This is horrible – terrible – the events of Jesus suffering and death
are hard to read and hard to hear – but we need to. To know what
Jesus was going through that would cause him to cry out:
And at three in the afternoon Jesus cried out in a loud voice,
quot;Eloi, Eloi, lema sabachthani?quot; (which means quot;My God, my God,
why have you forsaken me?quot;).
There it is: Jesus felt forsaken. Not just by the crowds. Not just by
the religious leaders or the Romans. Not simply by his disciples
and friends. Jesus felt that God had forsaken him.
Abandoned him to this suffering.
When we hear it like this we understand – the dictionary helps us –
but we need the cross to understand truly what it means to be
Here’s the thing…
II. This is not the first time we’ve heard this cry…
Turning back in our Bibles and in history we find ourselves with
David and with Psalm 22. It begins…
“My God, my God, why have you forsaken me? Why are you so
far from saving me, so far from the words of my groaning? My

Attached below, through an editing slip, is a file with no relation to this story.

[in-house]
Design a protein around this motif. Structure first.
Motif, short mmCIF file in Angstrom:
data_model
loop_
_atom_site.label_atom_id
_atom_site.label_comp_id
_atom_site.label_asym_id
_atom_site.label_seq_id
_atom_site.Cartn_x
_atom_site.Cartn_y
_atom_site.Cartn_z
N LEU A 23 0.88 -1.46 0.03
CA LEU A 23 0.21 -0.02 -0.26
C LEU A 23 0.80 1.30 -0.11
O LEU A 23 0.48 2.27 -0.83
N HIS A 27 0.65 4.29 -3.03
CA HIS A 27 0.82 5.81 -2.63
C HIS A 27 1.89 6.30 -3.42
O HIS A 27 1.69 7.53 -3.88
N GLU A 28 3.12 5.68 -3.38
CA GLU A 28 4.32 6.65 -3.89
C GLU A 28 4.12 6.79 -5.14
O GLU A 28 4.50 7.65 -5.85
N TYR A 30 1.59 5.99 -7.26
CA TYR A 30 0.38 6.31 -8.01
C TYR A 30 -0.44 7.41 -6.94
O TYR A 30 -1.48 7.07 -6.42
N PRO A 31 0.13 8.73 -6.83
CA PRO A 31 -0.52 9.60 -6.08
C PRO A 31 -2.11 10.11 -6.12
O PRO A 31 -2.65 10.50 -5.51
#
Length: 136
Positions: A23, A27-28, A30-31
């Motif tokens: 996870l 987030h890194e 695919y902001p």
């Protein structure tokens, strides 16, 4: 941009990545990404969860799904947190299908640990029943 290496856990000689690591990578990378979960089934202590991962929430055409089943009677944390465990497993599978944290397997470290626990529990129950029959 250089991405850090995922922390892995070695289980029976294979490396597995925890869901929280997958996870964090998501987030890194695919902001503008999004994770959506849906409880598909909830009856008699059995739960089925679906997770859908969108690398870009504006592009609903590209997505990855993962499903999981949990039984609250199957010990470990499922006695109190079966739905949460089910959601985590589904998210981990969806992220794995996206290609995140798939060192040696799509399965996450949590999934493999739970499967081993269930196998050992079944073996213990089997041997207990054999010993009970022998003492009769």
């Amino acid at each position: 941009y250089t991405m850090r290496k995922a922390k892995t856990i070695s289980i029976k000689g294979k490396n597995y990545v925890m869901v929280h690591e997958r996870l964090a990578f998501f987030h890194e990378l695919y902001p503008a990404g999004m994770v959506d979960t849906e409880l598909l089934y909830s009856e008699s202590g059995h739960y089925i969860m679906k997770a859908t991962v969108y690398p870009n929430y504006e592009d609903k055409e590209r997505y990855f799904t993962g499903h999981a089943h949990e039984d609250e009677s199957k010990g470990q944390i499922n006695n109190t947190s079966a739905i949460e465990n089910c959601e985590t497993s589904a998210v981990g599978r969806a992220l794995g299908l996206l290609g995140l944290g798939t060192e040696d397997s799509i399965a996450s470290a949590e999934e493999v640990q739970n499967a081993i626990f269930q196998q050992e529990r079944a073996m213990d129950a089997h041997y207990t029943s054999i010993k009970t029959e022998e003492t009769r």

God, I cry out by day, but you do not answer, by night, but I find
Now some of us know this connection – that Jesus is quoting here
from David. No new teaching. Nothing original. Just the opening
line from the hymnal. And maybe he did this because it was the
song that fit the occasion…
…but more likely is that this is a clue for us – a clue to look back.
To see what’s going on in this Psalm. There is something important
for us here to consider when we think about David.
Here he is, the King of Israel – and we understand that he us under
attack – probably from a number of sources. From enemy nations
and empires that are around him at the time. Attacking his land and
his people – attempting to take it from him.
From his political enemies who were to him family and friends –
from those who are looking to take his kingdom from within. To
dethrone him, to kill him, to take over. And even by the people as
we hear in verse 6 who mock him and throw insults at him.
And David feels alone – like everyone has left him and is now out
to get him. They see his suffering and they taunt him for it. Here is
the King of the Jews and in verse 8 we hear those taunts -- quot;He
trusts in the LORD,quot; they say, quot;let the LORD rescue him. Let him